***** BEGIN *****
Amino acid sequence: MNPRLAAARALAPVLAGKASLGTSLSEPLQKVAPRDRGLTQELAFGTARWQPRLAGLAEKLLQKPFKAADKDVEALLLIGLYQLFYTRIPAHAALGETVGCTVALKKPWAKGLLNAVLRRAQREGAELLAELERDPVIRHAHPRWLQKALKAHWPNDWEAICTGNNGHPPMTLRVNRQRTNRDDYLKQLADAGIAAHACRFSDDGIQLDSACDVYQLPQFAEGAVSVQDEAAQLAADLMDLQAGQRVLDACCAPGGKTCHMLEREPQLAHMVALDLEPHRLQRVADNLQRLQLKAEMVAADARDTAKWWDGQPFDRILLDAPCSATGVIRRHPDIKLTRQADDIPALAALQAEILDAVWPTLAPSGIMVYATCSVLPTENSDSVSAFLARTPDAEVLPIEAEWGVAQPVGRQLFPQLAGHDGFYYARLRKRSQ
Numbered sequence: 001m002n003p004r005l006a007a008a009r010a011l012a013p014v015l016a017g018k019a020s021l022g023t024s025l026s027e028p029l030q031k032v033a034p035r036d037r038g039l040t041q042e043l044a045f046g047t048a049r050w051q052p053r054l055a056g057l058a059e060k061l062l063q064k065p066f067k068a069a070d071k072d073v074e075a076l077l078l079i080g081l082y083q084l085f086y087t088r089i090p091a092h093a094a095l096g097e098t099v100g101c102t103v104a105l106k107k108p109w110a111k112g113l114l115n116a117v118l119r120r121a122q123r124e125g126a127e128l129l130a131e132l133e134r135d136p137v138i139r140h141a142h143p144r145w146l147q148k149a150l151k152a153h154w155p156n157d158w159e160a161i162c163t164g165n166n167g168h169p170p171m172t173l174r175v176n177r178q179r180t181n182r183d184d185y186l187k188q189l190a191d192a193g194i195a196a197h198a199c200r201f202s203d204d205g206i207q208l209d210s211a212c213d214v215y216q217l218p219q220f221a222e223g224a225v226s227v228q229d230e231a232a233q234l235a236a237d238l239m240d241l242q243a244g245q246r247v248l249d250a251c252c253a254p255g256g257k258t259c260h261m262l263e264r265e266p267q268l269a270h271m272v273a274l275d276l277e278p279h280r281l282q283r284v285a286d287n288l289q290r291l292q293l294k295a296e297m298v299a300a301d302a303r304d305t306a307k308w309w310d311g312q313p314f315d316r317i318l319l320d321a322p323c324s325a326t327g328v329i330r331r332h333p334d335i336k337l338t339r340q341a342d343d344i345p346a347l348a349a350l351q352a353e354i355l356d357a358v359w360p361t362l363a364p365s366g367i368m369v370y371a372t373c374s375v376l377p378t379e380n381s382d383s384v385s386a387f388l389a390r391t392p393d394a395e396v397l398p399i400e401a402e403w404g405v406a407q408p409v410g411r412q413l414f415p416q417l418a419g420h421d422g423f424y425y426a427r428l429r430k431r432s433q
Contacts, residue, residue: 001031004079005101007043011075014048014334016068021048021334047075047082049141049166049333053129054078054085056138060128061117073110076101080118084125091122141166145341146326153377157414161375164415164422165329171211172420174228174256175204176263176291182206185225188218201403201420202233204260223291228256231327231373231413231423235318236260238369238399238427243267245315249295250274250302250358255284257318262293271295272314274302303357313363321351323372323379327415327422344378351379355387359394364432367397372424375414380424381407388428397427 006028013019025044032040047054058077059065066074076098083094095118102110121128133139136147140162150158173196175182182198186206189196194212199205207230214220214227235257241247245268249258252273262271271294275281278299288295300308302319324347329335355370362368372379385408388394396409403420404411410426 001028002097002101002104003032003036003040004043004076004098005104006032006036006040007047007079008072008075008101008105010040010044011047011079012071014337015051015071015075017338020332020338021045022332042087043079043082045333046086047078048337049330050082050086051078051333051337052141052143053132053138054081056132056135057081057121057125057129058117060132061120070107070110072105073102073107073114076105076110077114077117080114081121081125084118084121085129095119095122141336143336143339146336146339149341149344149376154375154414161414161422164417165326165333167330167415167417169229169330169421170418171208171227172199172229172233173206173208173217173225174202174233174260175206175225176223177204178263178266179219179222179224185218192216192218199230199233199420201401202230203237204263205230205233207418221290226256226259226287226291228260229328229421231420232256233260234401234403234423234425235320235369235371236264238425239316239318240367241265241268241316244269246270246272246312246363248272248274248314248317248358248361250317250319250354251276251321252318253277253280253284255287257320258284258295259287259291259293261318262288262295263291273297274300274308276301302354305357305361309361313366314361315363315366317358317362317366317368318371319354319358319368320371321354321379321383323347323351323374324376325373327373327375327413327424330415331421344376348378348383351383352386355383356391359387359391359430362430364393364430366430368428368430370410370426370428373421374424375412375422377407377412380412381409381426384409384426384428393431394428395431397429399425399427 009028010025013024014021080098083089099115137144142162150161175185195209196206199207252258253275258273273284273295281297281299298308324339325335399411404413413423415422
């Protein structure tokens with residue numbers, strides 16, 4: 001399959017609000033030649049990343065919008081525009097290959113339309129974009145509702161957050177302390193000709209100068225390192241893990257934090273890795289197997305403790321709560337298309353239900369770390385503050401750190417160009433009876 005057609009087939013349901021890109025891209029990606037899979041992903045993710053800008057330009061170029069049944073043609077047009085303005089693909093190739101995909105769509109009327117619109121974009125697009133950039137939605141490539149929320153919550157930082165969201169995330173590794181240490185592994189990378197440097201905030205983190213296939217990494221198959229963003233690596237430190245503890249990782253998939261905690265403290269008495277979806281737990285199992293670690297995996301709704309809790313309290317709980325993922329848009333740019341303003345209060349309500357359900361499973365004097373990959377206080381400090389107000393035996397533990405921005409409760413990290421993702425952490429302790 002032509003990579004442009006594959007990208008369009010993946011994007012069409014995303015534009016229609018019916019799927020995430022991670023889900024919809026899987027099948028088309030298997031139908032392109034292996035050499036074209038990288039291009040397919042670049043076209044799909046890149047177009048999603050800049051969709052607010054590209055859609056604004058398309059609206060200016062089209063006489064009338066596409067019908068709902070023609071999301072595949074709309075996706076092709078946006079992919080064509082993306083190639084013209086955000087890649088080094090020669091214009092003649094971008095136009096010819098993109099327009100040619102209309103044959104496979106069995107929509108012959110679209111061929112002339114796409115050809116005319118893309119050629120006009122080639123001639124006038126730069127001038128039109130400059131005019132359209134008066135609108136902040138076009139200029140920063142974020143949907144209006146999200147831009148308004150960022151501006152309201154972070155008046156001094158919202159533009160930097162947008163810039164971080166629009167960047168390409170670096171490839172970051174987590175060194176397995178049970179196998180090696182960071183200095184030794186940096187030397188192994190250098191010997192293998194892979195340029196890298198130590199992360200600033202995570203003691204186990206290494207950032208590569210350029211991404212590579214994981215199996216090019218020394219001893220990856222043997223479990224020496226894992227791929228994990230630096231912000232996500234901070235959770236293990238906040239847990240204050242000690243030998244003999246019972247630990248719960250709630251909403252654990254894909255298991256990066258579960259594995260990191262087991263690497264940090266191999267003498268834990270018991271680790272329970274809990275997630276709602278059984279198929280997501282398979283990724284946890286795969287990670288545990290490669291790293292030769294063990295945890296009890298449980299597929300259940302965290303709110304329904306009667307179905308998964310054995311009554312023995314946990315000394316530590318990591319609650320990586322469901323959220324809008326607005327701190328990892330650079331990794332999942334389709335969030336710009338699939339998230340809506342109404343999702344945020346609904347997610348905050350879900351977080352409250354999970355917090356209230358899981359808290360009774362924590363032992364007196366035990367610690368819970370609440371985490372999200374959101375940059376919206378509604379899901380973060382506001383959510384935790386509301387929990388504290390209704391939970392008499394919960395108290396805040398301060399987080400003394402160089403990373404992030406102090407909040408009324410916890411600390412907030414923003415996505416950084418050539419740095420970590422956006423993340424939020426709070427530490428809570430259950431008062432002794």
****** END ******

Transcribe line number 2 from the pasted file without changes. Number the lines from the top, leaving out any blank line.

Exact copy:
Numbered sequence: 001m002n003p004r005l006a007a008a009r010a011l012a013p014v015l016a017g018k019a020s021l022g023t024s025l026s027e028p029l030q031k032v033a034p035r036d037r038g039l040t041q042e043l044a045f046g047t048a049r050w051q052p053r054l055a056g057l058a059e060k061l062l063q064k065p066f067k068a069a070d071k072d073v074e075a076l077l078l079i080g081l082y083q084l085f086y087t088r089i090p091a092h093a094a095l096g097e098t099v100g101c102t103v104a105l106k107k108p109w110a111k112g113l114l115n116a117v118l119r120r121a122q123r124e125g126a127e128l129l130a131e132l133e134r135d136p137v138i139r140h141a142h143p144r145w146l147q148k149a150l151k152a153h154w155p156n157d158w159e160a161i162c163t164g165n166n167g168h169p170p171m172t173l174r175v176n177r178q179r180t181n182r183d184d185y186l187k188q189l190a191d192a193g194i195a196a197h198a199c200r201f202s203d204d205g206i207q208l209d210s211a212c213d214v215y216q217l218p219q220f221a222e223g224a225v226s227v228q229d230e231a232a233q234l235a236a237d238l239m240d241l242q243a244g245q246r247v248l249d250a251c252c253a254p255g256g257k258t259c260h261m262l263e264r265e266p267q268l269a270h271m272v273a274l275d276l277e278p279h280r281l282q283r284v285a286d287n288l289q290r291l292q293l294k295a296e297m298v299a300a301d302a303r304d305t306a307k308w309w310d311g312q313p314f315d316r317i318l319l320d321a322p323c324s325a326t327g328v329i330r331r332h333p334d335i336k337l338t339r340q341a342d343d344i345p346a347l348a349a350l351q352a353e354i355l356d357a358v359w360p361t362l363a364p365s366g367i368m369v370y371a372t373c374s375v376l377p378t379e380n381s382d383s384v385s386a387f388l389a390r391t392p393d394a395e396v397l398p399i400e401a402e403w404g405v406a407q408p409v410g411r412q413l414f415p416q417l418a419g420h421d422g423f424y425y426a427r428l429r430k431r432s433q